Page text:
ACLU will sue to halt teacher drug testing
STORY SUMMARY »
A controversial plan to test public school teachers for drugs is headed to court before it even starts.
American Civil Liberties Union officials said yesterday that they plan to file a lawsuit against the state "soon" to oppose a program they claim will violate privacy rights, cost taxpayers too much money and do little to curb drug use.
State Attorney General Mark Bennett defended the plan, noting it received the signatures of a majority of public school teachers who voted earlier this year to ratify a two-year contract.
But the ACLU claims teachers have been complaining they felt forced to vote on the contract to get 4 percent pay raises in the current and next school years. The state made random and reasonable-suspicion drug testing a non-negotiable item of the contract.
"Unfortunately, public school employees were put in the unfair position of accepting random drug testing in order to earn a living wage," said ACLU Hawaii Executive Director Vanessa Chong. "The policy has been accepted, and we are now hearing from individuals who are concerned."
Nationally, less than 10 percent of school districts test teachers for drugs, said Joan Husted, executive director of the Hawaii State Teachers Association.
The union represents about 13,000 public school teachers who would be subject to drug testing starting June 30.
FULL STORY »
The American Civil Liberties Union of Hawaii wants to prevent the state from testing public school teachers for drugs next school year, charging that the program would be ineffective and costly and would violate privacy rights.
ACLU officials say they will soon file a lawsuit against the state on behalf of teachers who contend they were forced to agree to random and reasonable-suspicion drug testing to get a pay hike under a new two-year contract signed in the spring.
"The state is now in a dubious position of being the first state ever to subject its public-educational force to a blanket policy of random drug testing," said Vanessa Chong, ACLU of Hawaii executive director. "It unfairly violates the rights of thousands of law-abiding public school employees while doing little to protect anyone."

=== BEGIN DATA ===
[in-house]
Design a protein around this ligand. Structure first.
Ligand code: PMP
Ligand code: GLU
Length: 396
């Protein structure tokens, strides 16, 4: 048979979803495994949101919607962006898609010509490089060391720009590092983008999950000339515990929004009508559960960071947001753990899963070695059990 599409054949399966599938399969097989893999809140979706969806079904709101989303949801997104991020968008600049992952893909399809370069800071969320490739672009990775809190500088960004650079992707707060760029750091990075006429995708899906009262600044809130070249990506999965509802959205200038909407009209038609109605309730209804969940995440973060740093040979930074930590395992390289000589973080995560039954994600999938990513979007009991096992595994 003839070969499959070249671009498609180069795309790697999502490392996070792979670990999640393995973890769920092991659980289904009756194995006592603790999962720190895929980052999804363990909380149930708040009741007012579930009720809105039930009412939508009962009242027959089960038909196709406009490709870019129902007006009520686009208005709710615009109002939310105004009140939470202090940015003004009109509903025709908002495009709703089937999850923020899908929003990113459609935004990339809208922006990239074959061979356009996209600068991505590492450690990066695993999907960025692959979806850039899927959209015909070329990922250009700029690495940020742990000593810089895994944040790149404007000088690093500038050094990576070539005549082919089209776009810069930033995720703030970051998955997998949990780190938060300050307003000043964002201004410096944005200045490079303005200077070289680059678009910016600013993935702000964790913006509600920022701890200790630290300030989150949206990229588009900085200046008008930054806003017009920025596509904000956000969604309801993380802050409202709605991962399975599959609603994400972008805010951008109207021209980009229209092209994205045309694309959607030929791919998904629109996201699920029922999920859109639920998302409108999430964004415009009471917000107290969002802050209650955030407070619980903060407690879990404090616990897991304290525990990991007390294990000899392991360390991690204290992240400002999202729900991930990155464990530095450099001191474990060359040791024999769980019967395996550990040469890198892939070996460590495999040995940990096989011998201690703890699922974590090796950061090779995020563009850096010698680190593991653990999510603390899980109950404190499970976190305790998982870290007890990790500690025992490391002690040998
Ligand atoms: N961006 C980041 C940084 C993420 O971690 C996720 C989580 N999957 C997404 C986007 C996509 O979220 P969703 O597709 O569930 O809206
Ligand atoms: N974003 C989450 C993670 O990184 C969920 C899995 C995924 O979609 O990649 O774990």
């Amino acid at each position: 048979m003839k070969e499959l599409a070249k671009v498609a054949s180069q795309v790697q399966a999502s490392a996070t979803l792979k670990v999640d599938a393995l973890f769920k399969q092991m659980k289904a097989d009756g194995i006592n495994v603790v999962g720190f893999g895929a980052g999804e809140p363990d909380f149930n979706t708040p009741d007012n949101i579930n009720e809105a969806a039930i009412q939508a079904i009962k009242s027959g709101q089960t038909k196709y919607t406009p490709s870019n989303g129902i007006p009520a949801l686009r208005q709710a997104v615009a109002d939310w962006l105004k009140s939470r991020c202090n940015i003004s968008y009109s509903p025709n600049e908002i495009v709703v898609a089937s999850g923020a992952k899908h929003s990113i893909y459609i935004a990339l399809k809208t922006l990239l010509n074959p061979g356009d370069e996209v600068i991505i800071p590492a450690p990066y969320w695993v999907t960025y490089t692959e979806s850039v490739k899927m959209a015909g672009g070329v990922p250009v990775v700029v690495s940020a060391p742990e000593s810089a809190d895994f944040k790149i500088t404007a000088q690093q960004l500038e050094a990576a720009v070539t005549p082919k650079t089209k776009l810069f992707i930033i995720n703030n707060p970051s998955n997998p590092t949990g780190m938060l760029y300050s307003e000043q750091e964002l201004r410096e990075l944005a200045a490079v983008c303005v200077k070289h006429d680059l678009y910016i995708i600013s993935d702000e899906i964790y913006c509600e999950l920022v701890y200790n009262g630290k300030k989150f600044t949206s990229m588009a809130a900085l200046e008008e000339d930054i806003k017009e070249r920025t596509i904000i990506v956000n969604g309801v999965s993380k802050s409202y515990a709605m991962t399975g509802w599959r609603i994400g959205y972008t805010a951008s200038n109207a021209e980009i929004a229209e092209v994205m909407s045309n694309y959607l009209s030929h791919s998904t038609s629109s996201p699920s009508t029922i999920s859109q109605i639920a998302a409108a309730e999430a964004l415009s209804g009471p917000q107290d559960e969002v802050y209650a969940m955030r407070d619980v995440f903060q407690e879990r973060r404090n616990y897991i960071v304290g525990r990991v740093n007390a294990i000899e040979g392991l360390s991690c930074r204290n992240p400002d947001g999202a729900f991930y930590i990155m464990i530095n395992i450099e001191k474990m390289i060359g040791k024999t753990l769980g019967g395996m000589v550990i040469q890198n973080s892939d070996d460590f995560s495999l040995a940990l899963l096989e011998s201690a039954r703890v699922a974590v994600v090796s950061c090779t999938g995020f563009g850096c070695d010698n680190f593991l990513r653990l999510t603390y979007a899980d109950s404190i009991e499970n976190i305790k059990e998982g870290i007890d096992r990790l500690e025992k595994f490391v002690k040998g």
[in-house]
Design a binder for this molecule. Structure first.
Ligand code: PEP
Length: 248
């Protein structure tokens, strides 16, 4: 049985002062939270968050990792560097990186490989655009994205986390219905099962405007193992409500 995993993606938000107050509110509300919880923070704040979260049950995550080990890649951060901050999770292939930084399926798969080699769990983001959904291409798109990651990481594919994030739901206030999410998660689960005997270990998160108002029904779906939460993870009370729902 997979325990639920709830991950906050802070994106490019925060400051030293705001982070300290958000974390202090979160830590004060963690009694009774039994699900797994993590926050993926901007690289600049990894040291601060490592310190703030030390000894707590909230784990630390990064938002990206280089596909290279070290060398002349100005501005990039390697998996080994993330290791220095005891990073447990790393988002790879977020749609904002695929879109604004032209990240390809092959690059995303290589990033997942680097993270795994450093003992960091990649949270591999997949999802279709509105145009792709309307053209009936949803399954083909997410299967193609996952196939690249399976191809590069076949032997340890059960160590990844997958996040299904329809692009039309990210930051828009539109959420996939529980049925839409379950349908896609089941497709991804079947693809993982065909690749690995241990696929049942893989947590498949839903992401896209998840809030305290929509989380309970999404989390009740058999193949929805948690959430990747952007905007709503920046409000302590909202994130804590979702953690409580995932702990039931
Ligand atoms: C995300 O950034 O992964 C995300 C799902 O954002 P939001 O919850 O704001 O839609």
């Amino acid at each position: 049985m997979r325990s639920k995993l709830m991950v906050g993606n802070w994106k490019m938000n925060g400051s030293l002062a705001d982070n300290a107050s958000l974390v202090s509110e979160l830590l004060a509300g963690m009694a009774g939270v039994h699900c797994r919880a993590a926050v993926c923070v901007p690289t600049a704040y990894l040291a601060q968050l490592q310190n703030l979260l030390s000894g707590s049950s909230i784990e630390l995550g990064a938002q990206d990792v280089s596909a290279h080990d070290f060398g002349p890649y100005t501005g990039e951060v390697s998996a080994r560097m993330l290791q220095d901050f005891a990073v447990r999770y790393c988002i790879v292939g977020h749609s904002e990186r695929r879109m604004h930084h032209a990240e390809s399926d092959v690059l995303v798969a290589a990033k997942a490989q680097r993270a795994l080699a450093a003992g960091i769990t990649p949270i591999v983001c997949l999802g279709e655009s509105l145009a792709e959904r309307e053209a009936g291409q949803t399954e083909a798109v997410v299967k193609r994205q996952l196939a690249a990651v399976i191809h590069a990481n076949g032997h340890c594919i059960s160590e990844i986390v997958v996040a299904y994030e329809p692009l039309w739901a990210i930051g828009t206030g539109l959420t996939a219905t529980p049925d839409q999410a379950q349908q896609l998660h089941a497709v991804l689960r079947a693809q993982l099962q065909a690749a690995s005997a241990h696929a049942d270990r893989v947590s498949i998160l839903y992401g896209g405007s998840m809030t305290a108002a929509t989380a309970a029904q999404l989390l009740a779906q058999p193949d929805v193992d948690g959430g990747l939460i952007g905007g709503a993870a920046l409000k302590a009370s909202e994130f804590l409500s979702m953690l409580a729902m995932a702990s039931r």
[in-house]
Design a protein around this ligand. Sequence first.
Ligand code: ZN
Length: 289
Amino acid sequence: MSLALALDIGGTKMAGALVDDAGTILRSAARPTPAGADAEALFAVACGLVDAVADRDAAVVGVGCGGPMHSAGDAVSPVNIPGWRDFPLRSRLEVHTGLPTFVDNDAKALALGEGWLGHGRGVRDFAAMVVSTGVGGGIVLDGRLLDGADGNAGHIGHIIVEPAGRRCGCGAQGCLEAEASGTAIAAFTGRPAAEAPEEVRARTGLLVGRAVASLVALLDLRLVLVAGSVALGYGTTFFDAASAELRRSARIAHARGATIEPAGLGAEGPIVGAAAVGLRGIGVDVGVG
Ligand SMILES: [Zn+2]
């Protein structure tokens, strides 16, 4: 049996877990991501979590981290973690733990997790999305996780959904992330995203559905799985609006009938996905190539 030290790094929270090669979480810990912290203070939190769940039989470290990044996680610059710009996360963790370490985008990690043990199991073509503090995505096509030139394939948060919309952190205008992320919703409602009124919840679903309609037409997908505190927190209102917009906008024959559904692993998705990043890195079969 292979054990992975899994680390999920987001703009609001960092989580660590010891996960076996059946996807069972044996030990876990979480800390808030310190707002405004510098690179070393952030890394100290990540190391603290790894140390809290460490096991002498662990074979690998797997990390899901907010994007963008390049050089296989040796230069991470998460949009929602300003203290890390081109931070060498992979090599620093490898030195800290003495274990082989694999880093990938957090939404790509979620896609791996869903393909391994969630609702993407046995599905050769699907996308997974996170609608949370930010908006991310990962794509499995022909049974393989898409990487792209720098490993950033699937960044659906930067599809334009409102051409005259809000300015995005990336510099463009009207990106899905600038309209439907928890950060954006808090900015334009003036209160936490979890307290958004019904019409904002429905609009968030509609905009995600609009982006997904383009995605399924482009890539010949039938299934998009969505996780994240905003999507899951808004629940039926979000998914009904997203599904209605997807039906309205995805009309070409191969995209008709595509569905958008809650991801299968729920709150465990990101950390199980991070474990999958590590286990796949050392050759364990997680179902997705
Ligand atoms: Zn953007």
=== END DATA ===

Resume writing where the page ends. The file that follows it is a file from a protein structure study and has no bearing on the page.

State Attorney General Mark Bennett defended the program set to begin June 30, arguing it "violates neither state law nor federal law."
"We will vigorously defend it," he said. "We believe that the state and the teachers union have an absolute right to sign this type of a contract."
The state made drug testing of teachers a non-negotiable demand during talks with the Hawaii State Teachers Association, which represents about 13,000 teachers. Though the program was met with resistance by some, 61.3 percent of more than 8,000 union members voted in May to ratify a contract giving them 4 percent raises in the current and next school years.
Plans for the drug testing policy came in the wake of six drug-related arrests of Department of Education employees in a six-month period, beginning in March 2006 when a Leilehua High School teacher was arrested for dealing crystal methamphetamine.
The incidents prompted legislators to introduced a bill that, had it passed, would have expanded drug testing to all public school employees who work close to children if there was reasonable suspicion they were intoxicated.
The Education Department, which is also considering a drug-sniffing dog program, conducts drug tests only of bus drivers, some physical therapists and auto mechanics instructors.
The ACLU decided to challenge the drug testing of teachers to support several employees upset about it, Chong said. The ACLU compiled a team of legal experts who will, starting Sept. 27, hold meetings on Maui, Kauai, Oahu and the Big Island.
Several teachers complained about the state's firm position to object to any contract unless it carried a drug testing provision, said HSTA Executive Director Joan Husted.
"There are teachers who believe they were blackmailed," she said, "but we also heard from teachers who believe they have an obligation to ensure their schools are drug-free."
Husted said the union has developed guidelines to test teachers based on reasonable suspicion and is working on the random portion.
The union and education officials will meet formally for the first time next month to work out details of the program, said Greg Knudsen, Department of Education spokesman.
Randall Myers, who teaches sixth-graders at Sunset Beach Elementary, said the state rushed to judgment when it decided a drug testing program was needed to curb substance use on campuses.
"I think they made a huge leap to assuming that it is a generalized problem in the schools," Myers said.